Countdown to Mad Men: The Nearly Perfect Betty Draper

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Each day this week, I’ll attempt to offer an in-depth look at Mad Men's core characters by highlighting the five moments that have defined, so far, their arcs, along with predictions of what might happen to them in the coming season. After all, between the Beatles coming to the United States, the Civil Rights Act, and the expansion of the Vietnam War, 1964 can only make for some majorly dramatic television.

Today, we'll discuss the beautiful train wreck that is Betty Draper.

1. Model Behavior

Episode: Season 1’s Shoot
Betty Draper is pretty much a vision of perfection with her Grace Kelly looks, it’s no wonder why Don married her. Her life too seems perfect with the house, the two kids, but it becomes clear that she’s miserable after we see her go though a series of anxious episodes. So Betty is thrilled when Jim Hobart, a high powered executive, asks her to model for an upcoming Coca Cola campaign. She finally feels she’s regaining her identity through this work until she discovers her new job was just a ploy to get Don working for Hobart’s agency. It’s the scene when she wanders into the yard, in her day gown, cigarette hanging from her mouth, and points a gun up at the sky to start shooting her evil neighbor’s birds that we understand her need to regain power in her life.

2. Feminine Mystique

Episode: Season 1’s The Wheel
Sure, Betty needed someone to listen to her needs, but it was such an odd surprise that the person with whom she shares turns out to be a little boy named Glen she once babysat for. She tells him, “I’m so sad. Please tell me I’ll be okay,”. After this moment, it’s clear that Betty’s work at embodying the perfect housewife is wholly unsatisfying.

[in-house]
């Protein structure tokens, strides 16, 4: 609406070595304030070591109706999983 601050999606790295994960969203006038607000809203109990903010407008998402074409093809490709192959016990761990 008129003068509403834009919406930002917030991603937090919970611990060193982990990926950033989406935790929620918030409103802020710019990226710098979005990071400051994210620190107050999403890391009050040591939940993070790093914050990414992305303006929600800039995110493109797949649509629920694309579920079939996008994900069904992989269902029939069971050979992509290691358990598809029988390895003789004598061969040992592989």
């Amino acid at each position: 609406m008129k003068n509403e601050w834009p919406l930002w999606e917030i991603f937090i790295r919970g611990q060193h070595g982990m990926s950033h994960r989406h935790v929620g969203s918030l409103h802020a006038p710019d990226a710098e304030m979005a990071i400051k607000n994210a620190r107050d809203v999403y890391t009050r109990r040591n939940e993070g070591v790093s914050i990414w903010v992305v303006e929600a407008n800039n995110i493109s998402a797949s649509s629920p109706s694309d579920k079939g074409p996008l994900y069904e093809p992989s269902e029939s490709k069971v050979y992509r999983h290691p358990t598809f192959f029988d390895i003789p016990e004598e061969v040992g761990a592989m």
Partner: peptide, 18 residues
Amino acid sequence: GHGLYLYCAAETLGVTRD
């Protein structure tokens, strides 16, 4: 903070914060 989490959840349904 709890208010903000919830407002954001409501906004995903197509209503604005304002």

3. Life Coming and Going

Episode: Season 3’s The Fog
Betty, while giving birth to her third child, in a drug induced fog, sees her long passed mother and recently deceased father. It’s an odd scene, in which her mother essentially tells her that it never pays to speak up, and her father’s message is the same. It becomes clear that Betty’s upbringing was filled with suppressed feelings, giving her adult life of total frustration even more significance.

4. The Beginning of the End

Episode: Season 3’s Souvenir
When Betty accompanies Don to a business trip to Rome, she is just coming off of the high that another man, Henry Francis, has expressed sincere interest in her. The escape from her home life to somewhere exotic, whets her appetite for a drastic change altogether. The scene where she meets Don at an outdoor cafe dressed in the most au current fashions, is a romantic and sad one. Betty, newly empowered acknowledges Don in a frazzled state, and sees her trip as one last fling with the man that she married.

5. The Key

Episode: Season 3’s The Grown Ups
Betty’s life changes in a whirlwind of huge events. First she discovers the key that opens a drawer where Don has been keeping mementos of his secret past. Not long after confronting him, JFK is assassinated all the while her affair with Henry Francis becomes more intense. It’s the day that Harvey Oswald is shot that everything falls apart. No doubt, these larger world catastrophes shook Betty into realizing that nothing is permanent or as controllable as she once believed. Feeling betrayed and justified, she tells Don that she doesn’t love him anymore.

So where does that leave us?
Betty and Don are officially getting a divorce and last season left us with imagery of her flying off with Henry Francis, her new fiance.

Predictions: Betty will perfectly play the role of the politician’s wife, complete with hosting parties, perfect skirt suits, and appearances in the media. She’ll help campaign for Barry Goldwater during the presidential primaries.

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